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Implementing SOA with EJB 3.

Ingmar Rtzler

HPI, Seminar System Modeling SS2006 Implementing SOA with EJB 3.0 / 1

Outline

Introduction
Implementing services
Communication
Synchronous with session beans
Web services
Asynchronous communication

Loose Coupling
Persistence
Conclusion
Sources

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EJB Technology

Java EE 5 technology for developing business components


Provide logic and represent data specific to a business area
e.g. perform banking account operations
Services provided by the EJB runtime environment:
Persistence
Transactions
Security
Scalability

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Enterprise JavaBeans

Standardized components
Portable
Deployed in any compliant J2EE application server
Flexibility in distributing the components of an application

Reusable
May be used in multiple business applications

Managed
EJB container provides system-level services, e.g. transactions, security
Developer free to concentrate on application logic and data aspects

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Rope Shop: Services

Required services:
Order Processing System
Customer Relationship Management
Billing System

Implemented as stateless session beans


Represents single unique session between client and bean instance
Exposes methods to execute business tasks
Does not maintain conversational state with client
Better scalability for applications that require large numbers of clients

Stateful session bean possible to retain client-bean session state

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Rope Shop: Architecture

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Client access to session beans

Business interface defines client's view of a session bean


Remote interface exposes business methods
Client may be web component, application client, or another enterprise bean
May be on different machine and JVM

Local interface mostly for tightly coupled components


Client may be web component or another enterprise bean
Must be in the same JVM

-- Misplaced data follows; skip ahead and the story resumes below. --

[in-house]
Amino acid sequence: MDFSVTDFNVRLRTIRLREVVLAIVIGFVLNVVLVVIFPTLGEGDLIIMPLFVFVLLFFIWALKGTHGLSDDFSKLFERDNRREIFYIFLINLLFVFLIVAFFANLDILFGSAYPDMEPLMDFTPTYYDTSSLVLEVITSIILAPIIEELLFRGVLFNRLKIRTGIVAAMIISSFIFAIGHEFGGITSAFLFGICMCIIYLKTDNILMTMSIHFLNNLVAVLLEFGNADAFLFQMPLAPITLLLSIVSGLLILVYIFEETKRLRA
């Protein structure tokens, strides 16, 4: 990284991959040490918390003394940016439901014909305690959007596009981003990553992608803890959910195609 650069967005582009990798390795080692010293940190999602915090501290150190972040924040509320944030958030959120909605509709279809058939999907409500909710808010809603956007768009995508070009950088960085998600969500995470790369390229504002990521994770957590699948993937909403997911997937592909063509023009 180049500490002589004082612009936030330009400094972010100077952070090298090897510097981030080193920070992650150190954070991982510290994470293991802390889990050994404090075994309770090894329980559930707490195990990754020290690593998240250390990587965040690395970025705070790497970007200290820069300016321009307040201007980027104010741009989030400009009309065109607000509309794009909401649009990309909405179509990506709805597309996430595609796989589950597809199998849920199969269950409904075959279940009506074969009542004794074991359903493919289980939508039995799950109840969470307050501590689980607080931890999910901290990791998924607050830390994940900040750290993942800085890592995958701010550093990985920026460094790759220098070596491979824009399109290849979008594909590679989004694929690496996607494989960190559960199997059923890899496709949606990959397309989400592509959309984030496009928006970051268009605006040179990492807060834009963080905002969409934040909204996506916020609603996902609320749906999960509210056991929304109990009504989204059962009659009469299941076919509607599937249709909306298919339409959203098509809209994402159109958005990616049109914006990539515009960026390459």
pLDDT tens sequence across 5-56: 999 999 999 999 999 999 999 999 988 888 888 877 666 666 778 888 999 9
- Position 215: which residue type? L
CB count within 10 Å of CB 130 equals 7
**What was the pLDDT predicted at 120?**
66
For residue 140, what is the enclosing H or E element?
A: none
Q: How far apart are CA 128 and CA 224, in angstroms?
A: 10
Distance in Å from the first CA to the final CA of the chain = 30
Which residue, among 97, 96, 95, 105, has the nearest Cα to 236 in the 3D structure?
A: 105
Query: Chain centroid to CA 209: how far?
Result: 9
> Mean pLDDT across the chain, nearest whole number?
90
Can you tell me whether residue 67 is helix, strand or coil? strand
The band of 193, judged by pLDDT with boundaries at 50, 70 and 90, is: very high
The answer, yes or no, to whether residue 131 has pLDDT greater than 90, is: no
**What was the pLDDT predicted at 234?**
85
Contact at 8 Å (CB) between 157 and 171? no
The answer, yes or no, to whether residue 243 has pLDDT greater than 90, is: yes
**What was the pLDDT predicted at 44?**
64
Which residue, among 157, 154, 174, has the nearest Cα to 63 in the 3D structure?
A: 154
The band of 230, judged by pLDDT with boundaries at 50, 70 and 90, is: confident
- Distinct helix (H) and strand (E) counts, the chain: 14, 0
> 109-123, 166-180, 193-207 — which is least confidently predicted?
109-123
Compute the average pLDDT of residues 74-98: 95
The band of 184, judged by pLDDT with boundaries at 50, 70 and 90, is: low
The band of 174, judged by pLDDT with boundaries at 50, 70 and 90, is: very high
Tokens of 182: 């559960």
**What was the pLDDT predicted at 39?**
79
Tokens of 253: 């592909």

Use of interfaces allows easy change of bean implementation


All communication is synchronous

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Rope Shop: Order Process

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Web Service Support

Any web service client can access a stateless session bean


Automatic generation of web service endpoint

Invocation of business methods annotated with @WebMethod


Enterprise beans can also be clients of web services
Great flexibility in integrating Java EE applications with web services

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Asynchronous communication

Message-driven beans process asynchronous messages


Typically receives messages from Java Message Service (JMS)
Messages can be sent by any Java EE component

Execute upon receipt of a single client message


Stateless (no conversational state)
May access and update shared data
Useful in many business-to-business communication scenarios

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Loose coupling and configuration

EJB container supports Dependency Injection


Automatic supply of object's dependencies
No explicit request for resource required
Applicable to all resources of a component
Usable throughout Java 5 technology

Effectively hiding creation and lookup of resources from code


Allows dynamic configuration of resources
Container provides dependencies at run-time

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Rope Shop: ER-Diagram

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Rope Shop: Entities

Required entities: Customer, Supplier, Order, ...


Implemented as entity beans
Represent data in a storage medium
Hibernate-inspired O/R mapping
Relationships with other entity beans, e.g. one-to-many

Can be shared (transaction management important)


Persistent (because of underlying database)
Detached entity beans possible (e.g. serializable)
But still major problem to return persistent objects to clients

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Conclusion

Many SOA concepts applicable


Statelessness (stateless session beans)
Composition (reuse of existing beans)
Loose coupling (dependency injection)
Configuration through container
Customization (use of interfaces)
Open standards (web services)

Drawbacks
No metadata description of services (only business interface)
No central service repository (no automatic discovery)
Dependency on heavyweight EJB container

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Sources
Sun Microsystems. EJB 3.0 Specification Final Release
http://java.sun.com/products/ejb/docs.html

Sun Microsystems. The Java EE 5 Tutorial, 2006


http://java.sun.com/javaee/5/docs/tutorial/doc/index.html

John Stearns, Roberto Chinnici, and Sahoo. Update: An Introduction to the


Java EE 5 Platform, 2006
http://java.sun.com/developer/technicalArticles/J2EE/intro_ee5/

Ed Ort. Ease of Development in Enterprise JavaBeans Technology, 2004


http://java.sun.com/developer/technicalArticles/ebeans/ejbease/index.html

Anil Sharma. EJB 3.0 in a nutshell, 2004


http://www.javaworld.com/javaworld/jw-08-2004/jw-0809-ejb.html

JBoss. JBoss EJB3, 2006 http://labs.jboss.com/portal/jbossejb3/index.html


Chris Richardson. POJOs in Action. Manning, 2006

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